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Check out this 'purple' Dem: Mark Anthony Barrionuevo 

Between the Lines

In all likelihood, you haven't heard of Mark Anthony Barrionuevo. And that's understandable unless you happen to live in state Senate District 10, which covers a healthy chunk of north-central Colorado Springs. In any case, he deserves to be much better known. So here goes.

Barrionuevo, a humble, clean-cut and composed 41-year-old attorney, is running for that District 10 seat in the Colorado Senate against Republican incumbent Owen Hill. Which brings us to the point that inspired this column, even if it effectively pre-releases one of the Independent's endorsements for contested races, scheduled for next week.

On the surface, you'd think Barrionuevo would have no chance in a district that has been bright red in past elections. But he's not just a token Democrat. He's a self-described "purple" Democrat. And he's a proud member of the Church of Jesus Christ of Latter-day Saints.

That's right. He's a Mormon Democrat.

If you follow politics in any depth, you know most Mormons are Republicans — though you can find lefties at ldsdems.org. But that doesn't deter Barrionuevo, who decided early this year to do something about his frustration with the political scene at every level. He talked to some of his LDS friends, obviously Republicans, including Secretary of State Wayne Williams, and they encouraged him to give it a try. He had worked for President Obama in 2008 as a precinct captain while living in California, so that was his foundation.

Barrionuevo came out of the Dems' county assembly as the candidate in House District 15 against incumbent GOP Rep. Dan Nordberg. Then came some shuffling, along with the feeling Nordberg was tough to knock off. Hill appeared more vulnerable and didn't seem to have as much backing. (Some view Hill as too far right, rigid instead of collaborative, also egotistical.)

So now we have Barrionuevo going for the Senate, and when we met last week for an interview, he made a convincing case. First, on his affiliation.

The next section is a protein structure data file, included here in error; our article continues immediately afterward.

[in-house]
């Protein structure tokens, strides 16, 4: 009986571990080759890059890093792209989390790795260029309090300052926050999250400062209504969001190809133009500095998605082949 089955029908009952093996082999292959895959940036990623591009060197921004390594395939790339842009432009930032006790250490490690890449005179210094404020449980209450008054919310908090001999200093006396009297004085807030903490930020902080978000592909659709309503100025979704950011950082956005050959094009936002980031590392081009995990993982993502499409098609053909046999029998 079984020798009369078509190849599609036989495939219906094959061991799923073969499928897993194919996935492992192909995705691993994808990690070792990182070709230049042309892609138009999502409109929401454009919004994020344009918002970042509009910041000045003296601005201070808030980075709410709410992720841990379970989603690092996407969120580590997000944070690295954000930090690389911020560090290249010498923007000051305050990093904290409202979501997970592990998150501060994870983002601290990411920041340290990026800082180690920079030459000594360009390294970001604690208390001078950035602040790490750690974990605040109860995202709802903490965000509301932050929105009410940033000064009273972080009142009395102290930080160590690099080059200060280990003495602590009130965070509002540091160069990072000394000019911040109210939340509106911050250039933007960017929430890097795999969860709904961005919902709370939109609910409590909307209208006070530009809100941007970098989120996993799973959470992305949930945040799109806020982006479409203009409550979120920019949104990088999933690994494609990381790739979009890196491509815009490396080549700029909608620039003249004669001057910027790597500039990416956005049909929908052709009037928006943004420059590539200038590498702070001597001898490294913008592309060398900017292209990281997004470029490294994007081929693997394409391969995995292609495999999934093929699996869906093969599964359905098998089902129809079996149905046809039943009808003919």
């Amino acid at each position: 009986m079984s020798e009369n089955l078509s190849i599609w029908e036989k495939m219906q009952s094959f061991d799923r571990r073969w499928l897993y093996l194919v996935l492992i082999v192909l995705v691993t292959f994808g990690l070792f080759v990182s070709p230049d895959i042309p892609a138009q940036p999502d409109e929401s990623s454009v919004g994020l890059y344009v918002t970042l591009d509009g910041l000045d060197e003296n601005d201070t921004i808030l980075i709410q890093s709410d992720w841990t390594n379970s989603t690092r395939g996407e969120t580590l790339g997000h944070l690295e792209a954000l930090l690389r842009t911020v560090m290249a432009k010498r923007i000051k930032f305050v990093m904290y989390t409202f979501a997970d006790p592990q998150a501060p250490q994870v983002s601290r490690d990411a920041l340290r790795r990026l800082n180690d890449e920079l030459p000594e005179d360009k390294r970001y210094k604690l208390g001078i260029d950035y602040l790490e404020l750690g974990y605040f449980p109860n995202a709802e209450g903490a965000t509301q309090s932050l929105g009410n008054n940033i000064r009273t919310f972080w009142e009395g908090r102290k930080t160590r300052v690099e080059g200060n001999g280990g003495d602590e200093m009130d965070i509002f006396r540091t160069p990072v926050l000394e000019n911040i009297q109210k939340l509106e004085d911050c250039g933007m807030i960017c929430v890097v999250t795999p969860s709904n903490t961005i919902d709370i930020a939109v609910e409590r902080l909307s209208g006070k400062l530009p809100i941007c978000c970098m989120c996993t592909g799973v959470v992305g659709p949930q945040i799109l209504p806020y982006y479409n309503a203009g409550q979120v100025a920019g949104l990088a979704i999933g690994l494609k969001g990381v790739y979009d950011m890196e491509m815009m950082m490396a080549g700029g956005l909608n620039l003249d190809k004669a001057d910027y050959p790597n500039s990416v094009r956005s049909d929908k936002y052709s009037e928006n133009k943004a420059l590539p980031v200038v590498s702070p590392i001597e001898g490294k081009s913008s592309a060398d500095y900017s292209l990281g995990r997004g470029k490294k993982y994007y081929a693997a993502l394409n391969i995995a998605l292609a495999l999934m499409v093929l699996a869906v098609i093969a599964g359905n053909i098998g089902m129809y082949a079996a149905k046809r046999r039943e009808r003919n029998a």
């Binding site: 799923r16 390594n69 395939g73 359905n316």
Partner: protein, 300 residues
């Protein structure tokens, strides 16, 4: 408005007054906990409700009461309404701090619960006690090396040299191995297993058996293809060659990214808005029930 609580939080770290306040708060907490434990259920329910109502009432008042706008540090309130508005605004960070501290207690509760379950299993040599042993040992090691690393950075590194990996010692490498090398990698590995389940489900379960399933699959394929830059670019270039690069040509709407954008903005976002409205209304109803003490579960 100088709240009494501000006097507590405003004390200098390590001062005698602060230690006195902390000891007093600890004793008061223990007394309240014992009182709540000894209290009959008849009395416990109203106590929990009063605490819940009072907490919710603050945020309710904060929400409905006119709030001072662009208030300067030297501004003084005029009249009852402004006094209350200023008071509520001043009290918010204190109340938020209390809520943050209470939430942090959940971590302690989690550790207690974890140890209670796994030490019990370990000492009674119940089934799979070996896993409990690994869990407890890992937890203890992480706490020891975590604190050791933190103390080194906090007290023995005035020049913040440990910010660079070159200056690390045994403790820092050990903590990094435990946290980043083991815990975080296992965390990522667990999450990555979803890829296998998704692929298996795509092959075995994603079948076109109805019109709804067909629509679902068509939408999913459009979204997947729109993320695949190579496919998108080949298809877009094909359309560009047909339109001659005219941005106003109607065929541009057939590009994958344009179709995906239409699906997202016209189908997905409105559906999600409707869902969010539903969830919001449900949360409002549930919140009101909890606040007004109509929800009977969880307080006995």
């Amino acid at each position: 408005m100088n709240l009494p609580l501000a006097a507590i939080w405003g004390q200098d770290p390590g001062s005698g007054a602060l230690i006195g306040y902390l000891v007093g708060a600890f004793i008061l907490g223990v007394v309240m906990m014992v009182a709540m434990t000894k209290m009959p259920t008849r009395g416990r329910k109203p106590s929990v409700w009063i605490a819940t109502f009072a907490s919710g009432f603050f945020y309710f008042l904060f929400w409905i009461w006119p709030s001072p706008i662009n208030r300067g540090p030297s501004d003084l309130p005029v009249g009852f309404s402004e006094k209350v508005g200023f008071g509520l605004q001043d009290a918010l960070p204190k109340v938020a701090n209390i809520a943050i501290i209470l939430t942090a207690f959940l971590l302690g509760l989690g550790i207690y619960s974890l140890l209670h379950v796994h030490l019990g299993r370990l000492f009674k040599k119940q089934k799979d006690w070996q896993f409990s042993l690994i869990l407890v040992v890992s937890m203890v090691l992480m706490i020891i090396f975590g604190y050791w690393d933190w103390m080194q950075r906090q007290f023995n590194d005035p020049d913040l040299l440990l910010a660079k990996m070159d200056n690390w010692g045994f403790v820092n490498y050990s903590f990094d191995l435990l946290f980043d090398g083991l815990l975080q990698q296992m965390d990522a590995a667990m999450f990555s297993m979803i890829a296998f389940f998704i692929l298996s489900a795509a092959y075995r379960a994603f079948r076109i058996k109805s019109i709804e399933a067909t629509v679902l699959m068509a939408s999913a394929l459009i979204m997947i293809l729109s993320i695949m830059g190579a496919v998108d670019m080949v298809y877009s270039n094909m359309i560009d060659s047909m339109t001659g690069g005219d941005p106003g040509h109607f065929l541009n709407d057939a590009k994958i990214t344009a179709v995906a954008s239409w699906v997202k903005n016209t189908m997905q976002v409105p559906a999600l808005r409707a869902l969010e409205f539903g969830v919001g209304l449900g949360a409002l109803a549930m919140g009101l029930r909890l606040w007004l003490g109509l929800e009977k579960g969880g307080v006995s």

"There's not a party in the middle anymore," he said. "I'm an independent Democrat. I'm a purple. I don't bash anyone else. I'd rather focus on myself and what I have to offer as a public servant. I believe we get the leaders we deserve. But we deserve better."

He knows he'll have to pull support from Republicans as well as unaffiliateds, saying bluntly, "I hope they vote for me, or I won't win."

Barrionuevo's background is worth some space here, because it's fascinating. He's a native of Las Vegas, Nevada, and says, "I'm a rare breed ... I grew up as an atheist." But at 17 he says he realized something was missing, and that led him to become a Mormon. It led him to missionary stints in Japan and Venezuela, and it gave him stability that carried him through the Boston University School of Law and into a successful career, with a wife and three kids. He's even been a Boy Scout troop leader.

Now, though, Barrionuevo wants to make a difference in another way. And he's not just a token candidate. He's laser-sharp on all the issues, including those on this same ballot.

He supports Amendment 69, the framework for universal health care, admitting it has flaws "and we have to find ways to reduce the burden on employers. But the benefits outweigh the problems. We need to try to make it work." And that comes from a legal expert on Obamacare who admits he's "probably one of the few who has read the entire Affordable Care Act."

He's for raising the state's minimal wage (Amendment 70) but thinks that's for the Legislature to decide. And he says he switched from initial opposition to supporting Amendment 71, making it harder to change the constitution, because it requires petitions from every state Senate district. He's against Proposition 106 allowing terminal patients to have assistance in dying, purely for religious reasons. And he's all for both Propositions 107 and 108 regarding primaries and letting unaffiliateds vote.

We need more candidates like this guy, who carries a well-worn copy of the U.S. Constitution in his suit pocket. He also wants to fix our criminal system, "because we have 50 percent recidivism [repeat offenders] and that means something is broken."

Mark Anthony Barrionuevo is trying to climb a steep hill — no pun intended — and he has no Plan B strategy if this campaign falls short. But he's making an indelible impression on everyone he encounters, and that definitely will lead him to a worthy destination.

Someday. Hopefully soon.

  • Mark Anthony Barrionuevo is trying to climb a steep hill.

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